Capturing an individual cell’s transcriptional history is a challenge exacerbated by the functional heterogeneity of cellular communities. Here, we leverage reprogrammed tracrRNAs (Rptrs) to record selected cellular transcripts as stored DNA edits in single living bacterial cells. Rptrs are designed to base pair with sensed transcripts, converting them into guide RNAs. The guide RNAs then direct a Cas9 base editor to target an introduced DNA target. The extent of base editing can then be read in the future by sequencing. We use this approach, called TIGER (transcribed RNAs inferred by genetically encoded records), to record heterologous and endogenous transcripts in individual bacterial cells. TIGER can quantify relative expression, distinguish single-nucleotide differences, record multiple transcripts simultaneously and read out single-cell phenomena. We further apply TIGER to record metabolic bet hedging and antibiotic resistance mobilization in Escherichia coli as well as host cell invasion by Salmonella. Through RNA recording, TIGER connects current cellular states with past transcriptional states to decipher complex cellular responses in single cells.
The identity and behavior of a cell depend not only on its current intracellular make-up and extracellular environment, but also on its past states. Past states determine the trajectory of a cell and shape the cell’s future physiology and functions, such as in development, aging, carcinogenesis, bet hedging and synthetic multistable systems1,2,3,4,5. Past states can also reflect key events that are no longer detectable, such as a host that was previously infected by a virus, a bacterial pathogen that transited through different tissues or a cell temporarily tolerant to antibiotics6,7. Currently, defining a cell’s state most frequently involves measuring its transcriptional profile. Accordingly, numerous techniques have been developed that can determine the identity and abundance of RNA transcript levels as well as whether the abundances are actively changing8,9,10. Measurements can even be performed in individual cells, revealing distinct cellular programs within an isogenic population in a homogenous environment11,12,13,14,15,16. A central limitation of these techniques, however, is that they can only capture the current state of a cell. At most, previous states can be approximated by measuring asynchronous cells over time coupled with computational prediction tools17. Recording past RNA transcripts instead offers a direct means of surveying the past as well as the present. RNA recording so far has been achieved by converting randomly captured RNAs into preserved DNA spacers through CRISPR acquisition18,19. However, this approach requires sequencing of massive populations of cells, masking single-cell processes20,21,22.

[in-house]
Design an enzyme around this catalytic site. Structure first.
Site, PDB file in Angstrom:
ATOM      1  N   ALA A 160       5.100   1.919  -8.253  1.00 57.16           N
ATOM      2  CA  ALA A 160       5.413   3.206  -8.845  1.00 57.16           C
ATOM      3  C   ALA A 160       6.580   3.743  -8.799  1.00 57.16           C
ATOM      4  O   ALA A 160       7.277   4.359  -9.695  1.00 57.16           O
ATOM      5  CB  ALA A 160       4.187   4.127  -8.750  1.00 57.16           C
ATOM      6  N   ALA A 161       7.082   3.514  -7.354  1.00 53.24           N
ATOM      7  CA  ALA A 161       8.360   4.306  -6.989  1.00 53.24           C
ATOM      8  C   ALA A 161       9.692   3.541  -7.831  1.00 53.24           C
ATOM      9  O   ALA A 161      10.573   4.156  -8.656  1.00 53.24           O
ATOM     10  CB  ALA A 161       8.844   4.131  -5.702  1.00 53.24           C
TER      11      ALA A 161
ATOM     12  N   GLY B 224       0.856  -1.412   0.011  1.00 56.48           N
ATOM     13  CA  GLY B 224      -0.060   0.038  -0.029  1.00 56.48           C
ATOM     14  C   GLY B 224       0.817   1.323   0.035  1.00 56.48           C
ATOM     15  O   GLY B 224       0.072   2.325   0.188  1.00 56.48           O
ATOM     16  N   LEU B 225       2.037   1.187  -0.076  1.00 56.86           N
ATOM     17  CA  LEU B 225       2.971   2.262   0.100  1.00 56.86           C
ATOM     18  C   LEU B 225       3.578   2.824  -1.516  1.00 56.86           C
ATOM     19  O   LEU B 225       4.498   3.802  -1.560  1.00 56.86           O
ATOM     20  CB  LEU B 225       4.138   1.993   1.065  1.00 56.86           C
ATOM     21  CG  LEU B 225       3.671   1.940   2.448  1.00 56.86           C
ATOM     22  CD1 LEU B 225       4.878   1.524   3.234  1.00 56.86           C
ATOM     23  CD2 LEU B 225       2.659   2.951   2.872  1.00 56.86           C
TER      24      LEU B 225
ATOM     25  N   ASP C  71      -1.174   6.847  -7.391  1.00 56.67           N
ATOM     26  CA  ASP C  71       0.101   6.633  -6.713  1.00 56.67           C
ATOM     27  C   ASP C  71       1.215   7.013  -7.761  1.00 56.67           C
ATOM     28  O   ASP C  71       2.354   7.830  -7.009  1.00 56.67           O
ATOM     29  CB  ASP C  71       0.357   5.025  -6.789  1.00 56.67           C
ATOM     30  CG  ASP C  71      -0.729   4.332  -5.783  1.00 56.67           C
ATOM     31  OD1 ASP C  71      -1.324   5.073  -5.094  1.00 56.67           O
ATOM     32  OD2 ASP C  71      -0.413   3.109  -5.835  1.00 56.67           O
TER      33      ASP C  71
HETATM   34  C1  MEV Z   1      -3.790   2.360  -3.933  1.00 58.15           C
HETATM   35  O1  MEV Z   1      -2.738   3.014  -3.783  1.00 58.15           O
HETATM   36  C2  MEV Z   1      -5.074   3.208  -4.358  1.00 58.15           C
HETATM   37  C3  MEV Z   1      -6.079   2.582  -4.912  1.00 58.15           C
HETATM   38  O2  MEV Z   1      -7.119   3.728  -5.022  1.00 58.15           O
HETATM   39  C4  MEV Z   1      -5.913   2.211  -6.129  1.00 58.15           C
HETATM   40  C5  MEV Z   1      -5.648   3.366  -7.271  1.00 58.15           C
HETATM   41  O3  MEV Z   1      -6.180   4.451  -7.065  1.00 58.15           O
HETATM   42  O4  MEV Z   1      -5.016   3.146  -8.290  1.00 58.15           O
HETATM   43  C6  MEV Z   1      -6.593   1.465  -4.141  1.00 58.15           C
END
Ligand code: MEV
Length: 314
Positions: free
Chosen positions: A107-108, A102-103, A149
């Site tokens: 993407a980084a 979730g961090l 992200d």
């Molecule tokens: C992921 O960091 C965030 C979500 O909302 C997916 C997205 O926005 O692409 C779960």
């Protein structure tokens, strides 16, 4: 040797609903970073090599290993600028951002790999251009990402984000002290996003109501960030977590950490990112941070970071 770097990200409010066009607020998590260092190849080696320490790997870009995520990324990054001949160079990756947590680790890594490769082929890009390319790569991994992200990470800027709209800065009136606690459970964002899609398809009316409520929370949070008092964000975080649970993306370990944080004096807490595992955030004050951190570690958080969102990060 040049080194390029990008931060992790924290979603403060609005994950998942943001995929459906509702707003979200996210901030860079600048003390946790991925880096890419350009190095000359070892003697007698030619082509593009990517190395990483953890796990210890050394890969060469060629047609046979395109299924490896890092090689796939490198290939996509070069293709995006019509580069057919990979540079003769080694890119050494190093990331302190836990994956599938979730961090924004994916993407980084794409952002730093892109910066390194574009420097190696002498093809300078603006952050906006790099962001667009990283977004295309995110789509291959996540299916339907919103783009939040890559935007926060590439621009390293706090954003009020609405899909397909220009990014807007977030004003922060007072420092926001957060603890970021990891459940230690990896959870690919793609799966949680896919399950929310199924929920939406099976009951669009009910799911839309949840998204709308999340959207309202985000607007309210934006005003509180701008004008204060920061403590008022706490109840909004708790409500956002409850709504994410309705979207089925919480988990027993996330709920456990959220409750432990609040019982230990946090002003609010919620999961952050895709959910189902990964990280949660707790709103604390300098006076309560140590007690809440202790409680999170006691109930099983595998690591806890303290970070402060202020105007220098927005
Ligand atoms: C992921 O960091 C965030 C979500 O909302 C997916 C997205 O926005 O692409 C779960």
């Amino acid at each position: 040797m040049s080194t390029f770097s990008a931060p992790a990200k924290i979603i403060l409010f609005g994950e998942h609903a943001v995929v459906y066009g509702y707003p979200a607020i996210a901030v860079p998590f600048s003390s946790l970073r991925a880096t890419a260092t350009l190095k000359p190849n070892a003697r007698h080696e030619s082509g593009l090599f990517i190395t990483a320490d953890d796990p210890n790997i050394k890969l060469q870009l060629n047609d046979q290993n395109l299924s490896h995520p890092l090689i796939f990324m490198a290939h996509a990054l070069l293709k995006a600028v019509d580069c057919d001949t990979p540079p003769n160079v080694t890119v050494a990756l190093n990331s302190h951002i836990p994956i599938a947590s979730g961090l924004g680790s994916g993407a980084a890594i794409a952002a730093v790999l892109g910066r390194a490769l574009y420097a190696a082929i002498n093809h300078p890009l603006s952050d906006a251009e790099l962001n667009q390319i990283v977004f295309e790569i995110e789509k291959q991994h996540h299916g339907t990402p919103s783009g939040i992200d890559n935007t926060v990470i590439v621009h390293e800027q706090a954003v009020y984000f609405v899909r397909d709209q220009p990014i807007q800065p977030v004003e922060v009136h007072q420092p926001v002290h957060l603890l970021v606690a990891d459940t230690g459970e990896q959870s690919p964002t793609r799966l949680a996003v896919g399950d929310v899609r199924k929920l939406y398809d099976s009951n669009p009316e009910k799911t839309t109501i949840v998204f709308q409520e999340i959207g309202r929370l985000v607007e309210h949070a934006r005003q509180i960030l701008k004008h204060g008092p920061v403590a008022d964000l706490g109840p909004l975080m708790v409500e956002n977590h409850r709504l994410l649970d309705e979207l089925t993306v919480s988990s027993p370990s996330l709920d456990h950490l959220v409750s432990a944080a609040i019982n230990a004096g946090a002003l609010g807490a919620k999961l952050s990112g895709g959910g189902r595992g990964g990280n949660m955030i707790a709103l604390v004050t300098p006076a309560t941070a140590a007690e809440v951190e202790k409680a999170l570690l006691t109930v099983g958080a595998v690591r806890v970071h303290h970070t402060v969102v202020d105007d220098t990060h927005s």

Here, we introduce TIGER (transcribed RNAs inferred by genetically encoded records), a technique for recording the presence and abundance of RNAs of interest in individual bacterial cells. Using TIGER, we record messenger RNAs (mRNAs) and small RNAs (sRNAs) in different bacteria, with single-nucleotide precision, quantification of relative transcript levels, recording of multiple transcripts and single-cell resolution. We further apply TIGER to record metabolic bet hedging, mobilization of antibiotic resistance and a bacterial pathogen infecting a host cell. TIGER thus opens user-selected transcripts in the past to single-cell interrogation.
Recording cellular RNAs with TIGER
To record selected RNA transcripts in living cells, we leveraged our previous discovery of cellular RNAs being converted into guide RNAs (gRNAs) that direct DNA cleavage by Cas9 (ref. 23). The trans-activating CRISPR RNA (tracrRNA), an RNA processing factor in many CRISPR–Cas immune systems24, is responsible for this conversion by hybridizing with a cellular RNA to form an imperfect duplex recognized by Cas9. By engineering reprogrammed tracrRNAs (Rptrs) that base pair with an RNA of interest, we and others could convert the hybridizing portion of this RNA into a gRNA23,25. An introduced DNA target with a compatible protospacer-adjacent motif (PAM) could then be monitored, with target binding or cleavage indicating the presence of the associated RNA. While we previously applied Rptrs for multiplexed RNA detection as part of an in vitro RNA detection approach called LEOPARD23, we reasoned that this same platform could be implemented in cells to record the presence of different RNAs of interest in vivo (Fig. 1a).